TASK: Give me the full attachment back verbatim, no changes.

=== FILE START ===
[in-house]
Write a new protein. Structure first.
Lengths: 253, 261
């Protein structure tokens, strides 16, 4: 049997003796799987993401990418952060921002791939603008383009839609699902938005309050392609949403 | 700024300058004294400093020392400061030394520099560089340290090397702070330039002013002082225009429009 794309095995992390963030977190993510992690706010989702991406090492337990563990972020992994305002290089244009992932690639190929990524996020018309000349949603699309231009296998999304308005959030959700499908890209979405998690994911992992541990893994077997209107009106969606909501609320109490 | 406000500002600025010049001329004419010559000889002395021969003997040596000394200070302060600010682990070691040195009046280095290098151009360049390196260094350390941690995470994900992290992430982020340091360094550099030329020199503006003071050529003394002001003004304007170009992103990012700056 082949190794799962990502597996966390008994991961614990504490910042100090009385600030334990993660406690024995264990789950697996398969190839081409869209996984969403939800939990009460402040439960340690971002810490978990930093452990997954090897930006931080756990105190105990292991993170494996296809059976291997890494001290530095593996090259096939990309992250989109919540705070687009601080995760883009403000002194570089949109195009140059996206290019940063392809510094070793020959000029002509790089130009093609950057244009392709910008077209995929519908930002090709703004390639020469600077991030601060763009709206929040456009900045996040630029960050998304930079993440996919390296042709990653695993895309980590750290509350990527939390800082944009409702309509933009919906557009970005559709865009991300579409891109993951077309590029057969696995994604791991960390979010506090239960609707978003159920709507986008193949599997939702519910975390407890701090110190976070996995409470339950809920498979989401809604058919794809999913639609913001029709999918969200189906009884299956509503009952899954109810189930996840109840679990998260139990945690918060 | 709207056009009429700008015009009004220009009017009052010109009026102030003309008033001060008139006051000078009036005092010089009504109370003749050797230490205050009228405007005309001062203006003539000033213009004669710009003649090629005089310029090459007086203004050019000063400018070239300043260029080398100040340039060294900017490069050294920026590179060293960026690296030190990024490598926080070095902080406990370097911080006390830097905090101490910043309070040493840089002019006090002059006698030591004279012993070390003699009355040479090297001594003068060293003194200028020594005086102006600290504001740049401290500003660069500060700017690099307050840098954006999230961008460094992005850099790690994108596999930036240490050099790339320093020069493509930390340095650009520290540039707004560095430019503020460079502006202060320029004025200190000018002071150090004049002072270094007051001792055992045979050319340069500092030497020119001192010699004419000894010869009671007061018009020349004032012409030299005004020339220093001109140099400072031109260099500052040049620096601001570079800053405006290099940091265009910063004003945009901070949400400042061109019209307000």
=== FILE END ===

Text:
[in-house]
Write a new protein. Structure first.
Lengths: 253, 261
């Protein structure tokens, strides 16, 4: 049997003796799987993401990418952060921002791939603008383009839609699902938005309050392609949403 | 700024300058004294400093020392400061030394520099560089340290090397702070330039002013002082225009429009 794309095995992390963030977190993510992690706010989702991406090492337990563990972020992994305002290089244009992932690639190929990524996020018309000349949603699309231009296998999304308005959030959700499908890209979405998690994911992992541990893994077997209107009106969606909501609320109490 | 406000500002600025010049001329004419010559000889002395021969003997040596000394200070302060600010682990070691040195009046280095290098151009360049390196260094350390941690995470994900992290992430982020340091360094550099030329020199503006003071050529003394002001003004304007170009992103990012700056 082949190794799962990502597996966390008994991961614990504490910042100090009385600030334990993660406690024995264990789950697996398969190839081409869209996984969403939800939990009460402040439960340690971002810490978990930093452990997954090897930006931080756990105190105990292991993170494996296809059976291997890494001290530095593996090259096939990309992250989109919540705070687009601080995760883009403000002194570089949109195009140059996206290019940063392809510094070793020959000029002509790089130009093609950057244009392709910008077209995929519908930002090709703004390639020469600077991030601060763009709206929040456009900045996040630029960050998304930079993440996919390296042709990653695993895309980590750290509350990527939390800082944009409702309509933009919906557009970005559709865009991300579409891109993951077309590029057969696995994604791991960390979010506090239960609707978003159920709507986008193949599997939702519910975390407890701090110190976070996995409470339950809920498979989401809604058919794809999913639609913001029709999918969200189906009884299956509503009952899954109810189930996840109840679990998260139990945690918060 | 709207056009009429700008015009009004220009009017009052010109009026102030003309008033001060008139006051000078009036005092010089009504109370003749050797230490205050009228405007005309001062203006003539000033213009004669710009003649090629005089310029090459007086203004050019000063400018070239300043260029080398100040340039060294900017490069050294920026590179060293960026690296030190990024490598926080070095902080406990370097911080006390830097905090101490910043309070040493840089002019006090002059006698030591004279012993070390003699009355040479090297001594003068060293003194200028020594005086102006600290504001740049401290500003660069500060700017690099307050840098954006999230961008460094992005850099790690994108596999930036240490050099790339320093020069493509930390340095650009520290540039707004560095430019503020460079502006202060320029004025200190000018002071150090004049002072270094007051001792055992045979050319340069500092030497020119001192010699004419000894010869009671007061018009020349004032012409030299005004020339220093001109140099400072031109260099500052040049620096601001570079800053405006290099940091265009910063004003945009901070949400400042061109019209307000």